olli-pekka.lehto at csc.fi
Wed Apr 15 06:56:31 PDT 2015
On 15 Apr 2015, at 06:50, Mark Hahn <hahn at mcmaster.ca> wrote:
>> In an environment that needs to adapt to evolving user needs, trading some
>> performance for the flexibility that Ceph offers does not seem like a bad
> it would be appreciated if you could be a bit more specific. what kind of performance, what kind of flexibility?
> thanks, mark hahn.
To give some background, we have two types of environments with different granularity of funding and customership:
1. HPC environment:
We get a big chunk of funding every few years that needs to be invested within a limited time. The need is for fast parallel storage. Thus big, enterprise class storage boxes with Lustre. The system and SLA will remain fairly static for several years. Growth is fairly predictable.
2. Cloud environment:
Ongoing streams of small-medium funding from various customers. Some of these can be sold services and some need to show an investment for the research-granting organization. The needs of price-performance-resilience-capacity might be different for different customers. Growth is unpredictable.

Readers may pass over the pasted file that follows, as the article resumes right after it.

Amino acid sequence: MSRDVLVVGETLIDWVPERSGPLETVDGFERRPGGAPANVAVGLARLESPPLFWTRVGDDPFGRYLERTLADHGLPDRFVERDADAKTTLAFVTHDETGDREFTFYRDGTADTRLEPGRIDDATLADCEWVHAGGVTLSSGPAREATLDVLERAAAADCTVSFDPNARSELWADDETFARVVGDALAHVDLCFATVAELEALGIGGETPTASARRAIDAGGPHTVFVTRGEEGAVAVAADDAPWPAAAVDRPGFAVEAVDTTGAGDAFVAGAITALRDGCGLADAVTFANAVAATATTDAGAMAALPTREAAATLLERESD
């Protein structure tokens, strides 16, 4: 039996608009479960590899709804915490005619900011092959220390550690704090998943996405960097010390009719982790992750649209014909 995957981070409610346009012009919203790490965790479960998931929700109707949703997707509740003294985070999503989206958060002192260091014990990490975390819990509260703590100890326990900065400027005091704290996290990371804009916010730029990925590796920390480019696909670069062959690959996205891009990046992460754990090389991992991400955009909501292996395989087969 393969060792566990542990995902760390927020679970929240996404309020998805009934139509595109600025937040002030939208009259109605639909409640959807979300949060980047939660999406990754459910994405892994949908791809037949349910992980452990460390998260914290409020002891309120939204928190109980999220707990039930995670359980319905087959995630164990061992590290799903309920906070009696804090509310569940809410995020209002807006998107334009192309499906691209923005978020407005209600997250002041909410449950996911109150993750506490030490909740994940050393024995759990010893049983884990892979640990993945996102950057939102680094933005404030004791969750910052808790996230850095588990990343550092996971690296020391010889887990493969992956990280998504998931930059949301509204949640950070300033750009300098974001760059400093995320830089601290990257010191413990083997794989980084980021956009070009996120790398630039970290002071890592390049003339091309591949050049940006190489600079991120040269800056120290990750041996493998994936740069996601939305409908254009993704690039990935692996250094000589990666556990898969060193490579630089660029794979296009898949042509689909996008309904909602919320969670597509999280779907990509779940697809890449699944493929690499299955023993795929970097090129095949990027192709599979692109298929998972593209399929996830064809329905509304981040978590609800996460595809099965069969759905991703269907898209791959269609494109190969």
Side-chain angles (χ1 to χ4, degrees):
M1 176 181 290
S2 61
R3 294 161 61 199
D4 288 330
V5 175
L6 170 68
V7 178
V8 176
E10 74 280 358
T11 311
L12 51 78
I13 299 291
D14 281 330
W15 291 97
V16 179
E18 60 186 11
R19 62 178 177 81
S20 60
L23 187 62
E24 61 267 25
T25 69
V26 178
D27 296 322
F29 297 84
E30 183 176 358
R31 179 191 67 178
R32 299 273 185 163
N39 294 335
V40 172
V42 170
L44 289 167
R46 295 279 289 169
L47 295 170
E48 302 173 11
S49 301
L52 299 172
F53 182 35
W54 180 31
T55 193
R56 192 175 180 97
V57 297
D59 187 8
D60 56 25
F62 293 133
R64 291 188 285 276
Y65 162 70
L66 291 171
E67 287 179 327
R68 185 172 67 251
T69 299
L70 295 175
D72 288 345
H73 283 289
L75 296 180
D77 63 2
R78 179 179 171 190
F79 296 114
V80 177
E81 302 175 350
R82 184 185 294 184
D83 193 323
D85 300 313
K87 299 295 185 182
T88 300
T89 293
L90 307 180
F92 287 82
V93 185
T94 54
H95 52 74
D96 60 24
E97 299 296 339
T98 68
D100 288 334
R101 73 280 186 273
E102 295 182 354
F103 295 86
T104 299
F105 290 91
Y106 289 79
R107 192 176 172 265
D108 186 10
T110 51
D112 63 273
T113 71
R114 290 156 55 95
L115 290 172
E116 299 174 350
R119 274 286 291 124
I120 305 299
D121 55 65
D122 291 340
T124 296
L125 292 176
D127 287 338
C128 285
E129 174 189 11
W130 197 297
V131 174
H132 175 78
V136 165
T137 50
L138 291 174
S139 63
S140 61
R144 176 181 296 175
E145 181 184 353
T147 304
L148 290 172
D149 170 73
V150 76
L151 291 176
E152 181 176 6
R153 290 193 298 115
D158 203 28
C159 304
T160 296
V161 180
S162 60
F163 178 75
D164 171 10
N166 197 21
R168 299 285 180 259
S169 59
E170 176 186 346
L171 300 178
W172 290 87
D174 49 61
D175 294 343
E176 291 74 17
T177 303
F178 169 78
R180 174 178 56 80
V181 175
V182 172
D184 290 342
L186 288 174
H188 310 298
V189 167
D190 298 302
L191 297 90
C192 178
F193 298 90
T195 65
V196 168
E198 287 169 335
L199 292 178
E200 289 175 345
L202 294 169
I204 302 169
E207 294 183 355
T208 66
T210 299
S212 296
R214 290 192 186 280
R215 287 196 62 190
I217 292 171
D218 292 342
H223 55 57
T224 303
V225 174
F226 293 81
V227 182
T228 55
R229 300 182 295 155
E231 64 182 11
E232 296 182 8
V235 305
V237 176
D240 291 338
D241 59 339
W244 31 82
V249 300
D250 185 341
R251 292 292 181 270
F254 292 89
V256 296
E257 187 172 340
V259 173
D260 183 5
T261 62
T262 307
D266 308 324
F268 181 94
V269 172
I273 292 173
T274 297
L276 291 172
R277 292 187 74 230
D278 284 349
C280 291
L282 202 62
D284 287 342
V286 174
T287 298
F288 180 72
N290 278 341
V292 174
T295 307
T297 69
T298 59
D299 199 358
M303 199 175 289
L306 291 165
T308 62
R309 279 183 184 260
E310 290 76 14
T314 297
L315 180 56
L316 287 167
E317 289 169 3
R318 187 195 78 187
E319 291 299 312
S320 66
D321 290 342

For the first case the Lustre model works fine but for the latter it can be a bit more constrained: For this we should be able to grow our compute and storage capacity smoothly even for cases where the funding is fine-grained, while keeping the architecture simple. Also the workload profiles and resiliency requirements are not completely clear for future workloads.
With Ceph we can scale storage in a way that’s more akin to the one that we scale compute nodes: We can throw more nodes at it to make it grow in a fairly linear fashion and with a fine granularity. We can also adjust resiliency parameters in software instead of having a large part of it fixed in the hardware design.
I don’t see Lustre going away, at least in our environments, anytime soon and we have not done any real apples-to-apples comparisons yet on performance. Initially we’re not targeting huge scalability or performance. Basically something that is better than NFS is good enough initially.
It’s also interesting to see how the resiliency will compare. Having experienced multiple generations of expensive “invincible” arrays having issues that baffle us (and often the vendors) time after time, something with cheaper but more decoupled HW might turn out to be better.
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